This is a terrific blow to the local economy out here in St Helens. Aside from 300 mill jobs being gouged out of such a small town, there will also be an economic domino effect as the rest of the community adjusts to the shakeout. Some local officials estimate that, for every Boise job loss, there will be an additional 1.3 jobs lost in other sectors, including loggers who supplied the mill with wood, salespeople who served the mill families, restaurant jobs in the places where mill workers ate their lunch....
This "Winter Soldier" thing was modeled after a tool developed during the rise of the Vietnam protests of the 60s/ 70s. When will this stuff die? It seems a heaviness of heart is generated when we step onto the go-back-machine, i.e. the latest that I'm aware of -- Recreate 68 - yawn, mumble grumble.
Contrary to my preconceptions about Winter Soldier, it is a beyond profound movement. This is where the resistance resides, an invisible undercurrent of humans of all kinds infecting this society with slow intensity. The first Neo-Winter-Soldier event took place in Silver Spring, Maryland, March 13 to March 16, 2008, timed to highlight the 5th anniversary of the 2003 invasion.
Some 200/300 people showed up. Many elderly, a definite lack in youth presence. First panel - on stage - there we saw youth.
Amongst the shattered humans on that panel, nine men, as different from one another as can be imagined - a display of the beauty of humanity right there. Each brought their story, their confessions, their way of talking, seeing, feeling - straight shooters. Nothing but being there, in the flesh, can enable a person to grasp the enormity of the all-encompassing spectacle of war; we gotta own it, our wars. Radio, television, any intermediary form is an obstruction to the process of learning with something like this.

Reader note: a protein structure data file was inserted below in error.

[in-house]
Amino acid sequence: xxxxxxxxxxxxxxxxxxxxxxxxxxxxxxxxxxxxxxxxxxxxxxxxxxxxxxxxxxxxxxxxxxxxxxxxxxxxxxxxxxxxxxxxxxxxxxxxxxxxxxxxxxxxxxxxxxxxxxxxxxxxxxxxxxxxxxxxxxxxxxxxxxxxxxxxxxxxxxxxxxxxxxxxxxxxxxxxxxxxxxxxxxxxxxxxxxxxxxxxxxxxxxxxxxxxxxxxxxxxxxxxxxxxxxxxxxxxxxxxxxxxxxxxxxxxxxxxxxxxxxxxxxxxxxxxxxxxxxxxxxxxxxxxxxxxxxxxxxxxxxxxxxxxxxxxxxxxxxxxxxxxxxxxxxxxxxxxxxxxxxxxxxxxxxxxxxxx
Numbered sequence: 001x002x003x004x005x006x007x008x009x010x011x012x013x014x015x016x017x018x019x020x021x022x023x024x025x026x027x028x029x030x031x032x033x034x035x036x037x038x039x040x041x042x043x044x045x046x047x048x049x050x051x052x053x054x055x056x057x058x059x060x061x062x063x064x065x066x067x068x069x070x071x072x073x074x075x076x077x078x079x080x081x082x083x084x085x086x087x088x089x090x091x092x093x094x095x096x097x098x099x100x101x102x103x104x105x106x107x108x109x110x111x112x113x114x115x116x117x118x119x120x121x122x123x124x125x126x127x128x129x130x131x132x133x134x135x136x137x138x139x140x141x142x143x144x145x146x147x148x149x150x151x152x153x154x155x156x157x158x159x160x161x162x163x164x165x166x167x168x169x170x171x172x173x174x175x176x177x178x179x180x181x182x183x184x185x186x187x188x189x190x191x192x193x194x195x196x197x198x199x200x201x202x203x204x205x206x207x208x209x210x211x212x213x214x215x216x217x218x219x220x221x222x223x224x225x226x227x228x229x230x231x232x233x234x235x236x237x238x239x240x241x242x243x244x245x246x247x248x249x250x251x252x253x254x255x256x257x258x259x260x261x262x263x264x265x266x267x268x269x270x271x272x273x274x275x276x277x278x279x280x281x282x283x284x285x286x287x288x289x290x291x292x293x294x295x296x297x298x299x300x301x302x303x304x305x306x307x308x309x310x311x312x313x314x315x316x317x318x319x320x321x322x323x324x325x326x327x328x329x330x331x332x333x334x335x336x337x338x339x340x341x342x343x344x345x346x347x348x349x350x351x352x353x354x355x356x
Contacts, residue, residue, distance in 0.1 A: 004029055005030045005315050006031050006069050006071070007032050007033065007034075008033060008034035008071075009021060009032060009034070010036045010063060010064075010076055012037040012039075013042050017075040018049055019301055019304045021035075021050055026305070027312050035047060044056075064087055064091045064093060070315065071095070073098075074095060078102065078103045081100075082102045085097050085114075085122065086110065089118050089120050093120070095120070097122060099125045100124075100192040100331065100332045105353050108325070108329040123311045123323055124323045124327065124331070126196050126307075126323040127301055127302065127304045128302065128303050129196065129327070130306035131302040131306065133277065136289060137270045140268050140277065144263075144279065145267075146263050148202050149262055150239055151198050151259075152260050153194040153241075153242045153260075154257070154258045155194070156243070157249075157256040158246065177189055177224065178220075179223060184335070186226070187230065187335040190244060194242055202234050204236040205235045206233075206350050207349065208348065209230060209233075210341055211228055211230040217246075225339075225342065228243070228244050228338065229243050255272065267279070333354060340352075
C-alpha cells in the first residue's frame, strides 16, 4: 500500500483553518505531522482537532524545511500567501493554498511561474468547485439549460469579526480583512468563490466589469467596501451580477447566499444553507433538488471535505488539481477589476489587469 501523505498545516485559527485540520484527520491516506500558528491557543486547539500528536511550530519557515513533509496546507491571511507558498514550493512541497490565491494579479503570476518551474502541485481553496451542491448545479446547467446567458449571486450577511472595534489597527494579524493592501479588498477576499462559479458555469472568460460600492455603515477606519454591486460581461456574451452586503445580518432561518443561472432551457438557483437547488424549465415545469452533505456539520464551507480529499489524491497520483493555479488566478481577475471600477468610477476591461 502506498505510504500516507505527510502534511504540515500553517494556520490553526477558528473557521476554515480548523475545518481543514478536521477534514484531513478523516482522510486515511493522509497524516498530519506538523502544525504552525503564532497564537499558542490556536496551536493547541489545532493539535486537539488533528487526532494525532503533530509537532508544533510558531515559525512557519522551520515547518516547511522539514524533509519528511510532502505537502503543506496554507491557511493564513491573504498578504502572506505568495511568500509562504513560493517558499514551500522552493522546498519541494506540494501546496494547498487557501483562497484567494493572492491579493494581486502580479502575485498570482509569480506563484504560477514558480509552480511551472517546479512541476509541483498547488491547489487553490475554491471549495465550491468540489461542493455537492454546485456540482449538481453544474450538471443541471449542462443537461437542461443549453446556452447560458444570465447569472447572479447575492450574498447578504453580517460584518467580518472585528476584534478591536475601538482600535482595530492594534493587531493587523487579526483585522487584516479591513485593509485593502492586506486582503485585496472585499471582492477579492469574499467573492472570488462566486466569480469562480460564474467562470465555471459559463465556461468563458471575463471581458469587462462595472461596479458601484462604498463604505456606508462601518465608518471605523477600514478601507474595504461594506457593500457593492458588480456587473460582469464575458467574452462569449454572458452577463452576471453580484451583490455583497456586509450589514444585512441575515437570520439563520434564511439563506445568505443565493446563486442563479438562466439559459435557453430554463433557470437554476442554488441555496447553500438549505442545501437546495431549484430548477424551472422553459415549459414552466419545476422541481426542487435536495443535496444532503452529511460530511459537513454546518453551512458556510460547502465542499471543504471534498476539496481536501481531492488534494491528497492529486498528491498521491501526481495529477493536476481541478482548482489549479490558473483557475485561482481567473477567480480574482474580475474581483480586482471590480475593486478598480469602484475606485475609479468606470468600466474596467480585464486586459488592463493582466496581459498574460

Background, I believe that all but one fellow on the panel was seventeen or eighteen years of age when they joined the services, including National Guard. Below, I've provided a few bits, from just a few people.
On April 21 the Corvallis City Council passed a resolution opposing the Bureau of Land Management's Western Oregon Plan Revisions. The draft Plan would increase old growth logging in Western Oregon by 700% and reduce riparian reserves and habitat for endangered species. In March, members of the Coast Range Association and the Benton Forest Coalition presented the resolution to councilors, who referred the measure to the Legislative Committee. After hearing testimony from seven local residents, including a forester, a plant pathologist, and representatives from the American Hiking Society and the Audubon Society, the Legislative Committee returned the resolution to the Council with a stamp of approval.
The City Council voted unanimously to adopt a slightly modified version of the Eugene resolution, originally penned by Josh Laughlin of the Cascadia Wildlands Project. Councilors cited concerns about ecotourism and the impact of proposed increases in logging on BLM lands on adjacent city owned watersheds.
I attended the march in Olympia on May Day. As I was involved in absolutely no illegal activity on that day, I feel no fear in speaking my mind. I saw everything that happened and was present from the beginning to the end of that day's activities. What I saw inspired, sickened and encouraged me. There were many good things that happened, just as there were many bad things. But most of those bad things were initiated and enacted by the police. I do not wish to give a blow-by-blow recounting of the actions of those involved, given that others have done this already. I wish to ask some questions.